An unconfirmed image circulated on social media by a photojournalist in Gaza, Ahmed Al-Maqadma, showed a dilapidated structure with a square hole punched in its wall alongside a small pile of rubble. Al-Maqadma noted the building was an “abandoned house” east of Juhr al-Dik, a small village in central Gaza.
The bombing comes less than a month after another “misunderstanding” near the Gaza border on November 21, which saw an IDF tank open fire on a “Hamas observation post” without authorization. The military said the illicit shelling was the result of miscommunication “between commanders on the radio,” adding at the time that the shelling would be investigated. No casualties were reported in the earlier incident.
Hamas, too, has reported an accidental weapons discharge in recent weeks, with an equipment malfunction triggering rocket fire in mid-November. The IDF ultimately concluded the incident was a mistake caused by lightning and extreme weather conditions, coupled with faulty rocket launchers.
Also on rt.com 13yo Palestinian shot & killed by Israeli forces during West Bank protest against settlements – Health Ministry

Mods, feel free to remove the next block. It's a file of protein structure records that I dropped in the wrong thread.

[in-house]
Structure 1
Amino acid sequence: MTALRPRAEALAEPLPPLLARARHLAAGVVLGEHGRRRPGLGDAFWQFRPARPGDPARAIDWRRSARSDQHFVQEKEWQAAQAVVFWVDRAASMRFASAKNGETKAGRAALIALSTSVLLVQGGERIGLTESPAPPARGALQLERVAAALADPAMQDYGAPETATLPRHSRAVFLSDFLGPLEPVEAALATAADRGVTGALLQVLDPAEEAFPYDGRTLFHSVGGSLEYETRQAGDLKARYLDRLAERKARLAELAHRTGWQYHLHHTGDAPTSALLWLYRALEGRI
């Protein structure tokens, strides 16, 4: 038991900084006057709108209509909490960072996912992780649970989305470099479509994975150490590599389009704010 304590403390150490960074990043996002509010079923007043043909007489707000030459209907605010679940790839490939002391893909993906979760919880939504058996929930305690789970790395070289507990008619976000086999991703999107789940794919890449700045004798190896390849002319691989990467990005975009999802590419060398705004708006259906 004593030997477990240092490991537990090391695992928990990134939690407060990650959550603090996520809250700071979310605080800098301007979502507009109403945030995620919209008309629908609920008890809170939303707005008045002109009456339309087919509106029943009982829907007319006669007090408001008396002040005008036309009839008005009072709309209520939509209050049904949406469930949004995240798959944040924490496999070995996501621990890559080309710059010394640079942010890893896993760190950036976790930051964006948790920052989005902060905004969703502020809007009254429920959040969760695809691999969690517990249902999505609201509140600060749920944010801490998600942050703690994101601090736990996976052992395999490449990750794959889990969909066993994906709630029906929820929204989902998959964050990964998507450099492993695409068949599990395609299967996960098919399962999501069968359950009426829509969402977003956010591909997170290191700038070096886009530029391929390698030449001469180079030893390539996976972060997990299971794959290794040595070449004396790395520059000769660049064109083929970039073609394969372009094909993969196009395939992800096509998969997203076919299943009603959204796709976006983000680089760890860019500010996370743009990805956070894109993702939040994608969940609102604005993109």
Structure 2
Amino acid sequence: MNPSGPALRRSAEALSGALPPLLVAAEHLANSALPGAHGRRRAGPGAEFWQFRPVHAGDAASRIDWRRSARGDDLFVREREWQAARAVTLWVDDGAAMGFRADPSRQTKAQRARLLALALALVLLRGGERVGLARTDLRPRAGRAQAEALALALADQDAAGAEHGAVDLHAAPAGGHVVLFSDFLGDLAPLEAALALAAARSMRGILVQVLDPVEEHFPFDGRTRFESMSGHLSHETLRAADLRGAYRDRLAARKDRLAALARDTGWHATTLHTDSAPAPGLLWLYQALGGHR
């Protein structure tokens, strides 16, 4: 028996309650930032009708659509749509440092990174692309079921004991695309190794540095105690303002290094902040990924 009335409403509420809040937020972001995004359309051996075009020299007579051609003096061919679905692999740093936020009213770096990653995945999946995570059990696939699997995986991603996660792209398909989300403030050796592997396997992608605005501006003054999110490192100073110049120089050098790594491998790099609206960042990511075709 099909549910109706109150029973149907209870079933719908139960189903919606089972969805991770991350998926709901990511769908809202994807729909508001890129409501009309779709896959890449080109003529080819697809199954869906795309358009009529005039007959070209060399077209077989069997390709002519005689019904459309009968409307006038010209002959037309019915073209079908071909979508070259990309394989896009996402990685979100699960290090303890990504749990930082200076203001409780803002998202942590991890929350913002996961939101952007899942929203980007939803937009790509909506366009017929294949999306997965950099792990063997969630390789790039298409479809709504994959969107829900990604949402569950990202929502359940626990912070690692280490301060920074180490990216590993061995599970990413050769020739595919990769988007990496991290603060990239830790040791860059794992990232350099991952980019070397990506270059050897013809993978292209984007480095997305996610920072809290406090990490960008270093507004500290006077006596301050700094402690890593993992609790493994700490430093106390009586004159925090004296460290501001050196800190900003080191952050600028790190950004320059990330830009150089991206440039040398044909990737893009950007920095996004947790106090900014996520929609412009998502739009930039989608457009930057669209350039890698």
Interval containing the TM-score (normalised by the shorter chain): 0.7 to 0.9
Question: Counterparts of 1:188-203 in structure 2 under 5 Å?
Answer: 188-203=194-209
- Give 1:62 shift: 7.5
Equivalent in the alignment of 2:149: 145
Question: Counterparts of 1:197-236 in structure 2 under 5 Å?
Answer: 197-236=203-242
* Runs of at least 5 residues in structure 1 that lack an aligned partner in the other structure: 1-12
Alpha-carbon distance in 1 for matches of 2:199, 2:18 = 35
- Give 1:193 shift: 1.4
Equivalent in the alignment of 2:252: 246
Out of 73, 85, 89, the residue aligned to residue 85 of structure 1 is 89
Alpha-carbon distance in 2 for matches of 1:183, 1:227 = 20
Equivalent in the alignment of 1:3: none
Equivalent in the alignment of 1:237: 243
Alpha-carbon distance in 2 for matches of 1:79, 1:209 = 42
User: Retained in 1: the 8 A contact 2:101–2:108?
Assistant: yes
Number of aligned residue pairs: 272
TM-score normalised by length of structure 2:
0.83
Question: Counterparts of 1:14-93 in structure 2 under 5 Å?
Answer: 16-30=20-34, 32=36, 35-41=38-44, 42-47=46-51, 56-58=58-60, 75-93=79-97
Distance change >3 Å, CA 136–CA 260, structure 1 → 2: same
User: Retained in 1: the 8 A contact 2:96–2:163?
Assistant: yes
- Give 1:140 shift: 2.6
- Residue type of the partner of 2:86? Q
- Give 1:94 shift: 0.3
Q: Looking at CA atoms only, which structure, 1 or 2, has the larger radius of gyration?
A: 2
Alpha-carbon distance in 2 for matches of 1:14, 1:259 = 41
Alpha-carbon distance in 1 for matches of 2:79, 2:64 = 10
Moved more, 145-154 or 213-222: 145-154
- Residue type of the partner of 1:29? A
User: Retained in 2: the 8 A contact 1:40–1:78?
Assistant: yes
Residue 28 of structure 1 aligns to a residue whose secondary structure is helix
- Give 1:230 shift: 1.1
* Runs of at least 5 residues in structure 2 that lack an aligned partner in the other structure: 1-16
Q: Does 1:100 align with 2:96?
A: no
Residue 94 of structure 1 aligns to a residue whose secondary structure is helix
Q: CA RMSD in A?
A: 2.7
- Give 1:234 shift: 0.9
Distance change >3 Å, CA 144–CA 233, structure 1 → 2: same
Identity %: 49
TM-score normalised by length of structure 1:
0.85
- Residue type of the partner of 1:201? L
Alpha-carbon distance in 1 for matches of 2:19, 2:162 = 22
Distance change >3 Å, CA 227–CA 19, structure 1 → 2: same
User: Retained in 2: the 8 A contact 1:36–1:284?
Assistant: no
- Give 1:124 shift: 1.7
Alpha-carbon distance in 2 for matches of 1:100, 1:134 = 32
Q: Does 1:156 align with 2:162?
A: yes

Tel Aviv routinely carries out what it deems retaliatory operations in Gaza, including air and ground raids, in response to projectiles fired from the enclave. The vast majority of the rocket attacks are intercepted by Israel’s missile-defense system, the Iron Dome, before they can reach a target.
GAZA, Dec. 14 (Xinhua) — Hamas, ruler of the Gaza Strip since 2007, called for internal unity and popular resistance against Israel on Monday as the movement marked 33 years of its creation.
Hamas would continue its efforts to achieve an internal Palestinian unity and a real partnership with all powers and factions representing the Palestinian people everywhere, it said in a press statement sent to reporters.
“As the movement marks 33 years of its creation, Hamas calls for unifying the strategy of struggle against the occupier (Israel) to confront all the challenges that the Palestinian cause is passing through,” the statement added.
The statement called on the Palestinian Authority to withdraw from the Oslo accords signed with Israel in 1993 and support the popular resistance, especially in the West Bank, to confront Israel’s annexation plan.
Hamas would cooperate with all Palestinian powers “to confront the wave of Arab normalization with Israel,” as “normalization is a betrayal to Palestine,” it said.
Hamas was founded in December 1987 by the late spiritual leader Sheikh Ahmed Yassin. Enditem